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Carpe Diem

I take the same route into work each morning. I walk the same trail in the Shorthills during my time off. Committing to common pathways and trajectories allows me to appreciate how a landscape changes and renews itself throughout the seasons. The perpetual motion of life and death creates a sense of intimacy between me and my surroundings. Of course, the obvious drawback is that it can lull me into vaguely blending the movement of change and time, so much so that I fail to witness each moment as a unique snapshot of seen and unseen forces colliding together – never to find its replication again.

Today I offer up thanks for a wonderful awakening. As I glanced off to the left of the highway, towards a hay field that I have seen thousands of times over, I was completely stunned by its breath-taking beauty. This field never struck me as particularly beautiful on previous occasions. But in that moment, the grey and purple hues in the sky blended so well with the green in the trees that the hay was experienced by me as a vivid and undeniable gold – not yellow. And it wasn’t just the color that was striking, it was the way the wind commanded the hay to form beautiful, undulating patterns of waves across the field. All of this was possible because the timing was perfect: the season and weather conditions, the maturity of the crop, the way the field was cut, my mood, the music that I was playing in the car … the list goes on.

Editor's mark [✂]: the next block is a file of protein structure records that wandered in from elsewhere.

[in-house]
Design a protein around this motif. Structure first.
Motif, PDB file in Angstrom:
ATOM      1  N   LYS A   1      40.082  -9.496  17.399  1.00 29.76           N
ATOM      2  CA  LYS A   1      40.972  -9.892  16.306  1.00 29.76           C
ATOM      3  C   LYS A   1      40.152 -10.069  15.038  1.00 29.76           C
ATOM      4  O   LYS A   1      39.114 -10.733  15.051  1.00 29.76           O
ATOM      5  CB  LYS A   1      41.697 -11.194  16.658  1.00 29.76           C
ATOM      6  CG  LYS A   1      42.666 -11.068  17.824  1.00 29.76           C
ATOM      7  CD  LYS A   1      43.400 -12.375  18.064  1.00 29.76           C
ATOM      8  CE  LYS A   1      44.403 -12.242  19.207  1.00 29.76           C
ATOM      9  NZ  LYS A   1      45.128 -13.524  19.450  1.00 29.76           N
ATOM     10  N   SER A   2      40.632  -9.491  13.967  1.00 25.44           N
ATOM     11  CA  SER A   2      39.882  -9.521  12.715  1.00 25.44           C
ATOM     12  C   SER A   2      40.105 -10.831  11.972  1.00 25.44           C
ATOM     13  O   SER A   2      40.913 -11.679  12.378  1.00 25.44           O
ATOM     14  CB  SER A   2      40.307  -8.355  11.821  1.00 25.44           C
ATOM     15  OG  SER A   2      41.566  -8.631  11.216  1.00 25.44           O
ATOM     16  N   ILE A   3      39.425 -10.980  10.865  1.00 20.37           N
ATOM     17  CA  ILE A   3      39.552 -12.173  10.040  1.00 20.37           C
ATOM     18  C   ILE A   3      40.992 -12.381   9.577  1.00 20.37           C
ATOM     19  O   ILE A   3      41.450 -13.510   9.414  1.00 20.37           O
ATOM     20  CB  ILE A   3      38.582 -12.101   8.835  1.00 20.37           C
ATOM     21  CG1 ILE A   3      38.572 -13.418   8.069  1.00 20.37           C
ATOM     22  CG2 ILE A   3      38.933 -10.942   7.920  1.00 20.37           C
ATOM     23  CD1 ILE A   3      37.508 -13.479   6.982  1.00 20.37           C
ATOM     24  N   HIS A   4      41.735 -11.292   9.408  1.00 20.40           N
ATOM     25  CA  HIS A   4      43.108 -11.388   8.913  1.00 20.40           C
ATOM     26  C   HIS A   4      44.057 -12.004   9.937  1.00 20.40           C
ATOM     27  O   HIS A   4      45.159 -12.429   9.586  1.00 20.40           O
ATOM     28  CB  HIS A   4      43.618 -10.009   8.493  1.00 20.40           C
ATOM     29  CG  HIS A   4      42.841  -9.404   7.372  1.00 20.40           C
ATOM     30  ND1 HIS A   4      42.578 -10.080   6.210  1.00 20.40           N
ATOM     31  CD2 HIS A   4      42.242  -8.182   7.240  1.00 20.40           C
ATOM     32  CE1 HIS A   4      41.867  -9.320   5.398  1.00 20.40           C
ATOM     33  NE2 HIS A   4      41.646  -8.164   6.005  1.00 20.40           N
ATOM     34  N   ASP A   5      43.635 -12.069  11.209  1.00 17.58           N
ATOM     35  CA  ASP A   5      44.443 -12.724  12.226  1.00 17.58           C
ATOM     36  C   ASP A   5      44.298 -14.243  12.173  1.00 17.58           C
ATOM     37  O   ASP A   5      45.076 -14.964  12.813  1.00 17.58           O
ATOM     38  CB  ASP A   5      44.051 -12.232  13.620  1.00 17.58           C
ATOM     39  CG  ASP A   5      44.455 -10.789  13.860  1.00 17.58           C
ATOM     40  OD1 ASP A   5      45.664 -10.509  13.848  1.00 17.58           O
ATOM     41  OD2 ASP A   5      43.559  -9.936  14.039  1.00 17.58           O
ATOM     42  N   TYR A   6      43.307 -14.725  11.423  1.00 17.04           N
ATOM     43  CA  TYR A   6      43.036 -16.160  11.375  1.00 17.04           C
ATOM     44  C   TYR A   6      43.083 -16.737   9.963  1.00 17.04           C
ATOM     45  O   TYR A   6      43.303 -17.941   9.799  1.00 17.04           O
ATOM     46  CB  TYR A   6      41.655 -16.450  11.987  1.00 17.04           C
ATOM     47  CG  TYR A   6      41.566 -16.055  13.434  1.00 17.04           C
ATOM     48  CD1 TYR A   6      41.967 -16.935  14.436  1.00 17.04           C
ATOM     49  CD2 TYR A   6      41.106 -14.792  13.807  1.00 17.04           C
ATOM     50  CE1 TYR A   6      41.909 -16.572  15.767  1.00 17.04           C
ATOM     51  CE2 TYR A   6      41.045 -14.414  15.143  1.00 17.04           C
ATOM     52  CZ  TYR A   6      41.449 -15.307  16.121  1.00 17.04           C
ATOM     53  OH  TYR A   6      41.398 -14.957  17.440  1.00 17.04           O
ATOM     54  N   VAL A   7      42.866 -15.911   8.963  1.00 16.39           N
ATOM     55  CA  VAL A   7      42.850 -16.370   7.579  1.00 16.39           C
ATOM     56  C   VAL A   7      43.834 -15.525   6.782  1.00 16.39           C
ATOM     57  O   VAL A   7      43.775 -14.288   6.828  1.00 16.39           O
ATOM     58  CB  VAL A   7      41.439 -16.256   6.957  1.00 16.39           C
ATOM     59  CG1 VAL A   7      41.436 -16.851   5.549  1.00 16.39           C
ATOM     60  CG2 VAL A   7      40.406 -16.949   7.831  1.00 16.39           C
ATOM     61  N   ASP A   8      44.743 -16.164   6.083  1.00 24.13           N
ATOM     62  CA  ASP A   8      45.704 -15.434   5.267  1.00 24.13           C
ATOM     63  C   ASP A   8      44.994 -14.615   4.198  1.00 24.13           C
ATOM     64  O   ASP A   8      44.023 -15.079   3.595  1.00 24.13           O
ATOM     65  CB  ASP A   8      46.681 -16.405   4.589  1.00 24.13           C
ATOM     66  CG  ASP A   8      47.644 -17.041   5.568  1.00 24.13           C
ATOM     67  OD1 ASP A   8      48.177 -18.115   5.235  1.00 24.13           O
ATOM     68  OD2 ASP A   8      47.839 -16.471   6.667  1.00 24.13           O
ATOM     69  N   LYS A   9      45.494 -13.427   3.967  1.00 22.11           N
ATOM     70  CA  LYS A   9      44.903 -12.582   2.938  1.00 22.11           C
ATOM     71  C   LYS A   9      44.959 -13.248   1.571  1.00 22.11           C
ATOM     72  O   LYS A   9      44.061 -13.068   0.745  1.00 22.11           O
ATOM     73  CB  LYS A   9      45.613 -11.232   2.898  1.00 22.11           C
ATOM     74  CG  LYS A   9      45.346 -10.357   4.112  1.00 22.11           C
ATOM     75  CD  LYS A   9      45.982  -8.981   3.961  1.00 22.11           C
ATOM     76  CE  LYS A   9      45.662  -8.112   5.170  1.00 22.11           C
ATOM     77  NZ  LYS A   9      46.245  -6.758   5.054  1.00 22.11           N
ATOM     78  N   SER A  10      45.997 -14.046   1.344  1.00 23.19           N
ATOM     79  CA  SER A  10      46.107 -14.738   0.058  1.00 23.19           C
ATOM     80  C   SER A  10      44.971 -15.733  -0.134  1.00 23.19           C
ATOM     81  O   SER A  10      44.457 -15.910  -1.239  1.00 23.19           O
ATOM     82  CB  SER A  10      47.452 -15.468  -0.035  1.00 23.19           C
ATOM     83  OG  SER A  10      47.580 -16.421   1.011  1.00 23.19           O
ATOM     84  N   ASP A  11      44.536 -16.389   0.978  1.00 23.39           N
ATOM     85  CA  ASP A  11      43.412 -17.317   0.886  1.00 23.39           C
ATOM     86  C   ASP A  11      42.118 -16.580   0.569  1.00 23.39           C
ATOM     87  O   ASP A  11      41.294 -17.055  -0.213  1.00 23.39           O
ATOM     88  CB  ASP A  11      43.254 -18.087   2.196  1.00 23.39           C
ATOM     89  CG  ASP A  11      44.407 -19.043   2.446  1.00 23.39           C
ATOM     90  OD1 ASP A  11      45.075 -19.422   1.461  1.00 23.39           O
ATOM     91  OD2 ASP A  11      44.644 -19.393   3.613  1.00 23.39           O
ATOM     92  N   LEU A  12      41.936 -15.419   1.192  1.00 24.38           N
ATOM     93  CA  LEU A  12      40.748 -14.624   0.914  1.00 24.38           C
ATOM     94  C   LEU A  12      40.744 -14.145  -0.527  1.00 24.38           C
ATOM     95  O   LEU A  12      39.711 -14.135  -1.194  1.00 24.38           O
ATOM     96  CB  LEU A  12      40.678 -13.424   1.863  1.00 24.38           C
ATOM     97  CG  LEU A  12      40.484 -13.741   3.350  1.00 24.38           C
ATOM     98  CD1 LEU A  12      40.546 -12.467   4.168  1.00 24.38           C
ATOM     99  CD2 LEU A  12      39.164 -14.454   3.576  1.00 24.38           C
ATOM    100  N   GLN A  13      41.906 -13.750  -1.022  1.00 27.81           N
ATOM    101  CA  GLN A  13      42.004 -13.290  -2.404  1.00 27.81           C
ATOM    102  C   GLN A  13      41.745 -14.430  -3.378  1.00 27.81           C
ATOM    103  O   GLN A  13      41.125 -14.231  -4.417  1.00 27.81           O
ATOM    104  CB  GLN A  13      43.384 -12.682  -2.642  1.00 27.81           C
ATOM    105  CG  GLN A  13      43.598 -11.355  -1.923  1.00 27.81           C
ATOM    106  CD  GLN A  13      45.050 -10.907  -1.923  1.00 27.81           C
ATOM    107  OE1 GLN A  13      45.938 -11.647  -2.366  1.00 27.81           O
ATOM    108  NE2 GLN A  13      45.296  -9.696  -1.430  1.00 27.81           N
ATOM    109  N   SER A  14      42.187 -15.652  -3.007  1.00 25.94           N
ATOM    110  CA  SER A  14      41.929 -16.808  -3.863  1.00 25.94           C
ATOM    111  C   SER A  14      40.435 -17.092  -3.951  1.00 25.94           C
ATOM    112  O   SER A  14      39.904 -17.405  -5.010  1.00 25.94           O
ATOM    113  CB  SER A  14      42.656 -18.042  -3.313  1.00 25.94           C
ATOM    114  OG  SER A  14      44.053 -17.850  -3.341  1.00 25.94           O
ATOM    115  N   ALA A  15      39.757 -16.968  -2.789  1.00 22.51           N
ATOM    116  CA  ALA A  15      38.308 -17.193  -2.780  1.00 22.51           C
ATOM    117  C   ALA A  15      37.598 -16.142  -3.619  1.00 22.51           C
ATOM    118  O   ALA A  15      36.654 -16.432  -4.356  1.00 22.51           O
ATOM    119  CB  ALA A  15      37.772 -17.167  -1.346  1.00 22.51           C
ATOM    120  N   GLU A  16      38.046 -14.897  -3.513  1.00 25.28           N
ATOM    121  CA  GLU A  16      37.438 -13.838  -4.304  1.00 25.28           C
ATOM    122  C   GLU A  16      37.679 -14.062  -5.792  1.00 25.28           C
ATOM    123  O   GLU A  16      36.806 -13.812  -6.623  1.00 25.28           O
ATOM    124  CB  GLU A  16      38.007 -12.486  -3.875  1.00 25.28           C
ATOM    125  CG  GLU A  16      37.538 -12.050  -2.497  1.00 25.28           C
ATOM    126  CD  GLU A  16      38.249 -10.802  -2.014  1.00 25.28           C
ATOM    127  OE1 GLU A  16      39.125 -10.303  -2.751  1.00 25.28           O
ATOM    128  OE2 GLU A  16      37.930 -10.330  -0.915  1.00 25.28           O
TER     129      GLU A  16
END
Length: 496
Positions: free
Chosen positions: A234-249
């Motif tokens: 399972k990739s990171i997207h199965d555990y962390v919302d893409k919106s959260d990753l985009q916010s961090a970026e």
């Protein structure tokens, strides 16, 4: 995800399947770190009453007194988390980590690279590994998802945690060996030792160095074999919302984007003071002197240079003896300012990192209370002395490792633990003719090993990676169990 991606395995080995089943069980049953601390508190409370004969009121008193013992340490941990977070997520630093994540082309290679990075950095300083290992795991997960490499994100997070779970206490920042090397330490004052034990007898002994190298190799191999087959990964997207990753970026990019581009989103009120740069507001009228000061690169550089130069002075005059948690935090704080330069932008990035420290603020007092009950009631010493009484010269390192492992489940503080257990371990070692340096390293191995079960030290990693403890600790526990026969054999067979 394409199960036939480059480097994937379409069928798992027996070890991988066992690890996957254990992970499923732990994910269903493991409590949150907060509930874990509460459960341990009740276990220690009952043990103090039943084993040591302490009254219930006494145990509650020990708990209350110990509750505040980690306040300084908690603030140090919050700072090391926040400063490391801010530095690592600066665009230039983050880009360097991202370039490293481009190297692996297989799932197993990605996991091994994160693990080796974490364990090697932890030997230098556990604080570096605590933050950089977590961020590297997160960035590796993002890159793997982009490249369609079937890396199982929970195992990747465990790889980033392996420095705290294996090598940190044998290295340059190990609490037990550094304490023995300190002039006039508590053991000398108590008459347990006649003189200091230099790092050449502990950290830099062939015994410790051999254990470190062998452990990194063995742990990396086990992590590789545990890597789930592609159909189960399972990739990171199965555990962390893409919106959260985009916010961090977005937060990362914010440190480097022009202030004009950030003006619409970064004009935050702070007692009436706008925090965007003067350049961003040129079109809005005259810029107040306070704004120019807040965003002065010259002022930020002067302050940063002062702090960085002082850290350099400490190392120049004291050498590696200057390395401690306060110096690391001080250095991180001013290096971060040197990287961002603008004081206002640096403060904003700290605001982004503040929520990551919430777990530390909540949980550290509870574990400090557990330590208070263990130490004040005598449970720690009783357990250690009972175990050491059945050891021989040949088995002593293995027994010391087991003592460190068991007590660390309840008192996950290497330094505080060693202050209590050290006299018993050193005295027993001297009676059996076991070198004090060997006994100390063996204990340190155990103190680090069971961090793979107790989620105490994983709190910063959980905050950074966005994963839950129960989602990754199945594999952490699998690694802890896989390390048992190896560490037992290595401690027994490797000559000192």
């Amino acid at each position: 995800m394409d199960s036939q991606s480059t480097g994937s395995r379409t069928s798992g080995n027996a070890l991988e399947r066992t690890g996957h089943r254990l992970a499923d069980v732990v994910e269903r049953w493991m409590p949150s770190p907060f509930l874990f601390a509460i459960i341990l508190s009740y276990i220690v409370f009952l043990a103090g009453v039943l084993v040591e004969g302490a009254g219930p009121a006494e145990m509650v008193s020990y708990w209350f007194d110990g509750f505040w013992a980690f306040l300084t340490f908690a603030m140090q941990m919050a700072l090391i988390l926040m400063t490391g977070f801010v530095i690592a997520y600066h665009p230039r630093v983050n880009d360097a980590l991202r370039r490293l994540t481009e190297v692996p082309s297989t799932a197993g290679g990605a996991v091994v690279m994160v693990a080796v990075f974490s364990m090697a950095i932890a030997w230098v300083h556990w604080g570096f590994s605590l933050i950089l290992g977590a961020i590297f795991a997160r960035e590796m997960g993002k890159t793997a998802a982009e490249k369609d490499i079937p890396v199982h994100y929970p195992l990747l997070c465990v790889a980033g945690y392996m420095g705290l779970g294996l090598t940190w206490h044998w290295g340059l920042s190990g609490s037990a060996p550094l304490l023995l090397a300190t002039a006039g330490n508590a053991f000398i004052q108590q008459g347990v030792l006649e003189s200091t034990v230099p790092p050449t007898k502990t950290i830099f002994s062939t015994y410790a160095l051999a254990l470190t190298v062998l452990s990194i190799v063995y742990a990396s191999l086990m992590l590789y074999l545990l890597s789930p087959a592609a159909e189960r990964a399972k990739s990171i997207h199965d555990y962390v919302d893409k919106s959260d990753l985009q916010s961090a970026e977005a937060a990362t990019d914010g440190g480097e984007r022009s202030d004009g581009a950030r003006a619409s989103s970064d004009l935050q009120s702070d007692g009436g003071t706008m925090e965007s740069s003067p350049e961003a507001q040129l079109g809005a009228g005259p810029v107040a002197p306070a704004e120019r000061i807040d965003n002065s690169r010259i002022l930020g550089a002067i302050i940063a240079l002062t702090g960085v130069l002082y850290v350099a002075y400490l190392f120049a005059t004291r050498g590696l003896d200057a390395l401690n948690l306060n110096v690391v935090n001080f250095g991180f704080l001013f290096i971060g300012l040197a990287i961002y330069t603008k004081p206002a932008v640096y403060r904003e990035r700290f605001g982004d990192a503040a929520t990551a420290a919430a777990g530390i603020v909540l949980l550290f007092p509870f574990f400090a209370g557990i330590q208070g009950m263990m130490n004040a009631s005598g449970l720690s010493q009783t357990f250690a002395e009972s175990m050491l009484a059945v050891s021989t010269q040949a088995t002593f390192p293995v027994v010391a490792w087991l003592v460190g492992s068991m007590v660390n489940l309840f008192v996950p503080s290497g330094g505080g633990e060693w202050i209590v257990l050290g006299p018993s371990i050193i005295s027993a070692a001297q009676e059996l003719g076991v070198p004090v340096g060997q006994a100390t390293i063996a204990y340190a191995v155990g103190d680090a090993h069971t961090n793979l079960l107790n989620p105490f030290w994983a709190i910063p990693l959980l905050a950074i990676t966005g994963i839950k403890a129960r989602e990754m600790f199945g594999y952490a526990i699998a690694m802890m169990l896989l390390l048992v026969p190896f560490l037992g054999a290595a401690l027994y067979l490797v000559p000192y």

This experience reminded me to appreciate moments within the seasons. Although I may be subject to slow and subtle changes, based on the the overarching and prevailing conditions of my life, it is the unbidden moment that has the power to redirect me in very deep and profound ways.

 
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Posted by on June 27, 2012 in General

 

The Power of Striking a Pose

I ate my mother-in-law’s chocolate Easter egg! It looked like this one, with a small, but rather telling exception: it had “Mom” inscribed on it, in lovely, white icing – cursive, of course. The plan was that I would head down to the store from where it was purchased and buy a replacement one the next day – a signature move on my part. As a middle child, I am naturally prone to mooching. We live by the creed, “what’s mine is yours and what’s yours is mine,” liking the later part the best. Conversely, eldest children hate the entire phrase all together! In fact, I’m sure that there is an eldest sibling lobby group out there, right now, attempting to have the creed abolished, while seeking harsher penalties for those who do not get the concept of boundaries.

My signature “mooch and cover” action resulted in a signature consequence. The store had run out of Easter eggs and I was left to fess-up to my transgression. It completely makes sense to me now why I chose to paint a particularly ominous and gloomy ceramic sign during craft time at Bible camp when I was years younger. It read, “Be sure your sins will find you out.” Some deep part of me knew that this would forever be my destiny. I have learned over time that it is pointless trying to cover my transgressions. Consequently, I tend to skip forward to my confession.

So now I must describe to you my signature approach to contrition: striking the “I’m so cute you can’t help but love me” pose. One does not need to kneel for confession. One needs only to look adorable and submissive. Dogs know this very well. Find a torn up leather couch and you will see next to it a culpable canine with his tail between his legs, a hunched back, and forlorn brow. If he is really smart, he will run and fetch a toy – diverting your attention away from the couch and to a more hopeful thought, “you know that you want to play with me …”

My pose looks like this: jazz hands by the face, piano keys smile, a slight tilt to the head, and large, round and softened eyes, as to emulate baby-like innocence. I may follow this pose up with a very kind and thoughtful offer to go and get you a glass of wine or beer – just right out of the blue!